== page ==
Sramana: Your company is essentially offering three main products, which are software tools, training, and consulting. Is that correct?
Brian Knight: We provide software tools to help people migrate from one version of a Microsoft server to another. We provide training for those who are trying to learn new platforms. We also provide consulting services around those offerings.
Sramana: Would you talk about starting the company? Who was involved in the beginning? How did you get the company off the ground?
Brian Knight: We built the company organically. We had no investment capital other than some money I put into the company that I got from a website company we had started just before. I used the revenue from that website sell to start the company.
Sramana: What was the website you sold?
Brian Knight: IT was SQLServerCentral.com. It was not a ton of money, but it was enough to make sure I had a guaranteed salary for about a year.
Sramana: It sounds like you were running a domain-specific website that also provided you with a certain number of skills.
Brian Knight: Exactly. I sold that website for a five-figure amount, but that still provided tens of thousands of dollars that I was able to use to start Pragmatic Works. That allowed me to do this company organically. Five years ago, the VC money had dried up. We knew it would take us longer to grow the company organically, but we felt it was the right thing to do in order to maintain control of the company and to grow it organically.
Sramana: What did the SQLServerCentral.com website do?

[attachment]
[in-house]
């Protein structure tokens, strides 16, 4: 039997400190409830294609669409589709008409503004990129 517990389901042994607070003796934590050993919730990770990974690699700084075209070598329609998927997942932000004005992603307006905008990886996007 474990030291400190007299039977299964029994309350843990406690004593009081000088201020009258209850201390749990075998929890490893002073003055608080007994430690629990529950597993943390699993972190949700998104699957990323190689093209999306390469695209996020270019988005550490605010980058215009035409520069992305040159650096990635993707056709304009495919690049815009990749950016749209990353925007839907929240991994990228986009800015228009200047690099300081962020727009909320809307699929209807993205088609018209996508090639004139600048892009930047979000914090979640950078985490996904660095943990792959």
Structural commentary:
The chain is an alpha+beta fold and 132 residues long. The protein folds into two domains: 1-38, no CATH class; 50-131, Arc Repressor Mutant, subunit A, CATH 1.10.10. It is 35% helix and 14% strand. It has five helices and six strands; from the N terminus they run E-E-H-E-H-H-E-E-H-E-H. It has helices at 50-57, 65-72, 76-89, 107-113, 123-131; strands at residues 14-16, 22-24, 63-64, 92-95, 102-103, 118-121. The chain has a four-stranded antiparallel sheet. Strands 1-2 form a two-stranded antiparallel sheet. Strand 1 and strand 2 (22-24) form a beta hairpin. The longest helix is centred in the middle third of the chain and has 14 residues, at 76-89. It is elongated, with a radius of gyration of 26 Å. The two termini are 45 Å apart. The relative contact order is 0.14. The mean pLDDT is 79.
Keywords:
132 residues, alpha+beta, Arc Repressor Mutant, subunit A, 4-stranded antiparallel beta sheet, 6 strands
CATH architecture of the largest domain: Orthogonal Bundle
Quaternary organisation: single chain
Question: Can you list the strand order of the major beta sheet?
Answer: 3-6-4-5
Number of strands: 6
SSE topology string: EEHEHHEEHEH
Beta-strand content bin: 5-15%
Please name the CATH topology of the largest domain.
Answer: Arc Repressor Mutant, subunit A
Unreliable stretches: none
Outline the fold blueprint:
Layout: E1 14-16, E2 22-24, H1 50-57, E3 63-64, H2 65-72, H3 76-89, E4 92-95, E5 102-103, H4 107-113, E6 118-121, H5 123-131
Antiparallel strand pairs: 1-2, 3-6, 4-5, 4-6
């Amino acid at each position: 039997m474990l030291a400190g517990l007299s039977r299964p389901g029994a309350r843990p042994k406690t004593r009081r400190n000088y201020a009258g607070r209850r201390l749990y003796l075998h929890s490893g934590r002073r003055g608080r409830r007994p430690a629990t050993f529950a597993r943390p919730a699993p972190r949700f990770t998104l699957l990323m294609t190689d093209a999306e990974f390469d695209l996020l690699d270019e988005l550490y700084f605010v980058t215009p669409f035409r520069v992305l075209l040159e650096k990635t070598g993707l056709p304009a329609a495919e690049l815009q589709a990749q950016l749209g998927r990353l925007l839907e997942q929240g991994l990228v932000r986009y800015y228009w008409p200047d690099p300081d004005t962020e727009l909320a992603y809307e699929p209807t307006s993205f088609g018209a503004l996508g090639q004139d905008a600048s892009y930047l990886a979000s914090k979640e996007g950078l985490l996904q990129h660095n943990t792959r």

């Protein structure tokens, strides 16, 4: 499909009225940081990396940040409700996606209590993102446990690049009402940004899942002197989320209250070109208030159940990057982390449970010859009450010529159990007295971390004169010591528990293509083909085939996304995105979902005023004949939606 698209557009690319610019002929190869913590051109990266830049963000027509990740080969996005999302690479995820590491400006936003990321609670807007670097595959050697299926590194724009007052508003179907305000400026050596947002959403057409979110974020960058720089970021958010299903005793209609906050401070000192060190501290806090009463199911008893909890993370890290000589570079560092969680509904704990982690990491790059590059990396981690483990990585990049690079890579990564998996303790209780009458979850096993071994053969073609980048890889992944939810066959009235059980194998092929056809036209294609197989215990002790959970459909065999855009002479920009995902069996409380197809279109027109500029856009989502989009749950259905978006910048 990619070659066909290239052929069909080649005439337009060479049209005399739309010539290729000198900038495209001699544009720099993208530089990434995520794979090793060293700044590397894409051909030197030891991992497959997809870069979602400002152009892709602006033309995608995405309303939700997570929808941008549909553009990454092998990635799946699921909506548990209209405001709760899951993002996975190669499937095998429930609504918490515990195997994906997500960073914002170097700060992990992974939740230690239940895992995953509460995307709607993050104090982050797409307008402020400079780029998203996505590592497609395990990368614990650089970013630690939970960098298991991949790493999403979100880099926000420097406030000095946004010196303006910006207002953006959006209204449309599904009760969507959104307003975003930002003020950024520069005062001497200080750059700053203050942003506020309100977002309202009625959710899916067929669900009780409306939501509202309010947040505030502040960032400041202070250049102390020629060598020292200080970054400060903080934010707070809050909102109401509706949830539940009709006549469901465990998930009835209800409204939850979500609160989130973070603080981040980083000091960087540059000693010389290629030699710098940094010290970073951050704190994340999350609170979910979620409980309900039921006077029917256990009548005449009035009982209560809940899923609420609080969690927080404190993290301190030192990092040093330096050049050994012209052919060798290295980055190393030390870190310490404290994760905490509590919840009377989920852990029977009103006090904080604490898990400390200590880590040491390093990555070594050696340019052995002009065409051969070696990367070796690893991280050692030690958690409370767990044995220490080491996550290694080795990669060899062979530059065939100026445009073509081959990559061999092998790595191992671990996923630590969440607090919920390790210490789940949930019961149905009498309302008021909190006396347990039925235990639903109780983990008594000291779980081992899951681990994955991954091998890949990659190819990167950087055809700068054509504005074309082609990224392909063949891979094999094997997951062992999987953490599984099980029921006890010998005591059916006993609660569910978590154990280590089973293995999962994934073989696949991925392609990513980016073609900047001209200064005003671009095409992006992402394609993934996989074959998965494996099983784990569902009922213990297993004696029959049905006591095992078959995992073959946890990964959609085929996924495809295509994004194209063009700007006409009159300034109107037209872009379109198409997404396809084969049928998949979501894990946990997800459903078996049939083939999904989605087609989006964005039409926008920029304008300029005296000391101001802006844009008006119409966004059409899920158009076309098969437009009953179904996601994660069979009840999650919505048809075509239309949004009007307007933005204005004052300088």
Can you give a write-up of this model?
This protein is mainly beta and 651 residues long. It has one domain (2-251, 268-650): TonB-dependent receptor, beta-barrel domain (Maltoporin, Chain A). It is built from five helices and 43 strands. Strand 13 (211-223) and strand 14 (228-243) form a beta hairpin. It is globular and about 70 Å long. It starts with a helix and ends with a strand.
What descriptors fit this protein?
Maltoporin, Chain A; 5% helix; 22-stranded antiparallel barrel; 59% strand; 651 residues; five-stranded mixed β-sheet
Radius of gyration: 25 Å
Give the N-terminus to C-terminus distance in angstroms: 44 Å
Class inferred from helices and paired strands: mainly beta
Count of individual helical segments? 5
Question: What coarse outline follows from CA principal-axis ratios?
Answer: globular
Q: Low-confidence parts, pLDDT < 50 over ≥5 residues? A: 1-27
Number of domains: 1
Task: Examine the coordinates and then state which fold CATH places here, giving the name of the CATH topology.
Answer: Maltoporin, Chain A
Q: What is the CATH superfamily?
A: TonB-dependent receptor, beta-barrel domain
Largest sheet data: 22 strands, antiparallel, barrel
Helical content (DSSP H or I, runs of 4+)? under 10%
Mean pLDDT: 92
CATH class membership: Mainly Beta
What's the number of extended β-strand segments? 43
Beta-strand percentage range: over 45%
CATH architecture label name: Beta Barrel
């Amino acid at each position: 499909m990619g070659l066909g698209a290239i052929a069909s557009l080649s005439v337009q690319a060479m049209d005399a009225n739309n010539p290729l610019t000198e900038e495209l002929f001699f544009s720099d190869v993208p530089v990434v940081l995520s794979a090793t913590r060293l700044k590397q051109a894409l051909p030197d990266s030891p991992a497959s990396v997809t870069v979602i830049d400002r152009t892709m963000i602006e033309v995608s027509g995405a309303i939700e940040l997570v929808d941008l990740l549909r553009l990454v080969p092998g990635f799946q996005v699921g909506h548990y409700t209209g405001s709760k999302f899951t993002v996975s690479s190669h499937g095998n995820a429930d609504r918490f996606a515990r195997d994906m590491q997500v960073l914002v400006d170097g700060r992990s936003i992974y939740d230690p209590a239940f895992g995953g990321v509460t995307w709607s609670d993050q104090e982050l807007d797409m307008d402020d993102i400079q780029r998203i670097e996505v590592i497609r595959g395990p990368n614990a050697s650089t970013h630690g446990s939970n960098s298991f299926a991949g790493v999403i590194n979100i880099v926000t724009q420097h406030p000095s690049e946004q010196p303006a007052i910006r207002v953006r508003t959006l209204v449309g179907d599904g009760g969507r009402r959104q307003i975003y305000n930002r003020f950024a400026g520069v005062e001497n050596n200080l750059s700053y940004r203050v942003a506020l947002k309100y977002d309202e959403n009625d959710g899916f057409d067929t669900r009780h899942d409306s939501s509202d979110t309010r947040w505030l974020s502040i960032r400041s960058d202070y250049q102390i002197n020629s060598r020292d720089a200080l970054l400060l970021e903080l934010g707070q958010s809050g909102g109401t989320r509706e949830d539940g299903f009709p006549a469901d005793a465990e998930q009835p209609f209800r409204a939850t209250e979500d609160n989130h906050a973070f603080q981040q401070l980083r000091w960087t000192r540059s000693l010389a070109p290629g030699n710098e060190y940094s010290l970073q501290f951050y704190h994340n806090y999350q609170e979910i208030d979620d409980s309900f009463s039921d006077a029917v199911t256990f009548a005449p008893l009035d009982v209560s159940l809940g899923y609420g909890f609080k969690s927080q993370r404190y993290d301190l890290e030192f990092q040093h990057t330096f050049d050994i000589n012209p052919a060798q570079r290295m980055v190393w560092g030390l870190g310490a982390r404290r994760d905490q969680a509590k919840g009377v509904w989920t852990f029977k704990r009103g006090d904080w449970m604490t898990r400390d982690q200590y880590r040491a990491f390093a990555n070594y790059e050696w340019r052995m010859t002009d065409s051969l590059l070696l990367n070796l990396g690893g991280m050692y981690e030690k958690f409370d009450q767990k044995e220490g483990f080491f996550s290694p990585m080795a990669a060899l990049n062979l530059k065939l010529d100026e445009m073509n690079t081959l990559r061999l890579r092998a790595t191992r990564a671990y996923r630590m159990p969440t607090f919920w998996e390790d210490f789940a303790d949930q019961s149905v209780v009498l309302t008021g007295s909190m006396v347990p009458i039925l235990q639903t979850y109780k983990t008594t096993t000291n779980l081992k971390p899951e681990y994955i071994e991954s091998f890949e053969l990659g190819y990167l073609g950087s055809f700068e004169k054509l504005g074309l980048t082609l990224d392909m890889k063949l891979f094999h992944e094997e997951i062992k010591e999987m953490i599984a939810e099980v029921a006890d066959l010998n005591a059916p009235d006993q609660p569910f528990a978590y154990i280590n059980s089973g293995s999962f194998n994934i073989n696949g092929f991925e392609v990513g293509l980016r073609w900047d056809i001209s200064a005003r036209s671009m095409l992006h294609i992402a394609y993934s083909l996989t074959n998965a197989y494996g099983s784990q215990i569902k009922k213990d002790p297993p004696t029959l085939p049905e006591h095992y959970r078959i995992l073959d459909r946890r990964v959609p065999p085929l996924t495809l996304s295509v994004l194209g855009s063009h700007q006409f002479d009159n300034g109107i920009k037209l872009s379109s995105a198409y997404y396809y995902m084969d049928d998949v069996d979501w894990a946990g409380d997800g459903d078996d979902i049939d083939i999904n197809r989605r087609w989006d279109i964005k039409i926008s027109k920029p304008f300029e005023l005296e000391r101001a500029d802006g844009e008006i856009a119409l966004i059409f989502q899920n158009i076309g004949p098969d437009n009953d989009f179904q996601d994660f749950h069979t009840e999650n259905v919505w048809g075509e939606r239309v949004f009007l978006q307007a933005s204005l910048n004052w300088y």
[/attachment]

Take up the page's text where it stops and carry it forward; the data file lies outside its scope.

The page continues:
Brian Knight: It was a community website that taught people how to use the SQL Server database platform. It was a free website that had about 1.2 million members. It was an ad-supported website, and we sold it to Red Gate, which was one of the companies we were providing ad space to.
Sramana: What does Red Gate do?
Brian Knight: Each vendor that bought ads from us was a software company that wrote software that aided SQL Server developers. They were .Net developers, and they provided software tools.
Sramana: You had 1.2 million members in that community. Was there any correlation between that membership and what you have started at Pragmatic Works?
Brian Knight: We are trying to appeal to the same market I used to go after as a community website. If I had that website now, we would be able to do some pretty amazing things! Right now we have about 100,000 members who use us. It was the right decision to sell at the time.
Sramana: However, you must have had a deep understanding of what was going on in that community and what people were looking for. Is that a fair statement?
Brian Knight: I had written ten SQL Server books, I spoke at a lot of conferences, and I knew that community well. The goal was to take that knowledge and apply it to business intelligence. The SQL Server marketplace was pretty saturated from a tool side. The business intelligence side was not addressed yet.